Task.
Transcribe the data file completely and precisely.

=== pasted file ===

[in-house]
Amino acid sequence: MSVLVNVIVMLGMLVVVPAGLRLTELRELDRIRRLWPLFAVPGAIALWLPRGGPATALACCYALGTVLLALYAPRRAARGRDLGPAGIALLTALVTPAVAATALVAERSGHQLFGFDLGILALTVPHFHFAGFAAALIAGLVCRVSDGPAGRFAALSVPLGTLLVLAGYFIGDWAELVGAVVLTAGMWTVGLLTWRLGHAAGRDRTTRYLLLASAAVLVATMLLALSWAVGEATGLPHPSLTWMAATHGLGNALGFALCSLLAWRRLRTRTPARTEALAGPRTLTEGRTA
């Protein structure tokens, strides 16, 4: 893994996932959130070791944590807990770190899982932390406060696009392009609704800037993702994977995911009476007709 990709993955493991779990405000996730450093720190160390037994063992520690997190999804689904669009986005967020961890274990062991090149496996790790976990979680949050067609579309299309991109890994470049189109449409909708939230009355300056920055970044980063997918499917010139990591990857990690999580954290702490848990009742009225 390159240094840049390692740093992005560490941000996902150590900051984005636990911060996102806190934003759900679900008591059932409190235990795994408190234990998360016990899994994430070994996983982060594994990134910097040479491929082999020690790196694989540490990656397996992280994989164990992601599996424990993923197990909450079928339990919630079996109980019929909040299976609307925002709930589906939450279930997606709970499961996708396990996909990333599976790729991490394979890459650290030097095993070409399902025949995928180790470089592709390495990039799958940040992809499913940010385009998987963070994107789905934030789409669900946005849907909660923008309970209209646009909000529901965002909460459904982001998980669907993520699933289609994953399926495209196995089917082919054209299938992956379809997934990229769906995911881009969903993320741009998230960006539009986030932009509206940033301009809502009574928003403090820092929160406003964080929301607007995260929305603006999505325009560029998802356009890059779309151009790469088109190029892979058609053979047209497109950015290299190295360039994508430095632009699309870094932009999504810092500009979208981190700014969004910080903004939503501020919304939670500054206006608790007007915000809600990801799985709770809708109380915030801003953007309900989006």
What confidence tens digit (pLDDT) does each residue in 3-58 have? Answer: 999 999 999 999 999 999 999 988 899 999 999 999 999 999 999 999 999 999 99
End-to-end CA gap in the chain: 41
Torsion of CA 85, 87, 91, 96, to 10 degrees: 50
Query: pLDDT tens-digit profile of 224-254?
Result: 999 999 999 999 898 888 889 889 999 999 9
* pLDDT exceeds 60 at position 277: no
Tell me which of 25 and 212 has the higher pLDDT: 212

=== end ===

[in-house]
Amino acid sequence: MSVLVNVIVMLGMLVVVPAGLRLTELRELDRIRRLWPLFAVPGAIALWLPRGGPATALACCYALGTVLLALYAPRRAARGRDLGPAGIALLTALVTPAVAATALVAERSGHQLFGFDLGILALTVPHFHFAGFAAALIAGLVCRVSDGPAGRFAALSVPLGTLLVLAGYFIGDWAELVGAVVLTAGMWTVGLLTWRLGHAAGRDRTTRYLLLASAAVLVATMLLALSWAVGEATGLPHPSLTWMAATHGLGNALGFALCSLLAWRRLRTRTPARTEALAGPRTLTEGRTA
């Protein structure tokens, strides 16, 4: 893994996932959130070791944590807990770190899982932390406060696009392009609704800037993702994977995911009476007709 990709993955493991779990405000996730450093720190160390037994063992520690997190999804689904669009986005967020961890274990062991090149496996790790976990979680949050067609579309299309991109890994470049189109449409909708939230009355300056920055970044980063997918499917010139990591990857990690999580954290702490848990009742009225 390159240094840049390692740093992005560490941000996902150590900051984005636990911060996102806190934003759900679900008591059932409190235990795994408190234990998360016990899994994430070994996983982060594994990134910097040479491929082999020690790196694989540490990656397996992280994989164990992601599996424990993923197990909450079928339990919630079996109980019929909040299976609307925002709930589906939450279930997606709970499961996708396990996909990333599976790729991490394979890459650290030097095993070409399902025949995928180790470089592709390495990039799958940040992809499913940010385009998987963070994107789905934030789409669900946005849907909660923008309970209209646009909000529901965002909460459904982001998980669907993520699933289609994953399926495209196995089917082919054209299938992956379809997934990229769906995911881009969903993320741009998230960006539009986030932009509206940033301009809502009574928003403090820092929160406003964080929301607007995260929305603006999505325009560029998802356009890059779309151009790469088109190029892979058609053979047209497109950015290299190295360039994508430095632009699309870094932009999504810092500009979208981190700014969004910080903004939503501020919304939670500054206006608790007007915000809600990801799985709770809708109380915030801003953007309900989006």
What confidence tens digit (pLDDT) does each residue in 3-58 have? Answer: 999 999 999 999 999 999 999 988 899 999 999 999 999 999 999 999 999 999 99
End-to-end CA gap in the chain: 41
Torsion of CA 85, 87, 91, 96, to 10 degrees: 50
Query: pLDDT tens-digit profile of 224-254?
Result: 999 999 999 999 898 888 889 889 999 999 9
* pLDDT exceeds 60 at position 277: no
Tell me which of 25 and 212 has the higher pLDDT: 212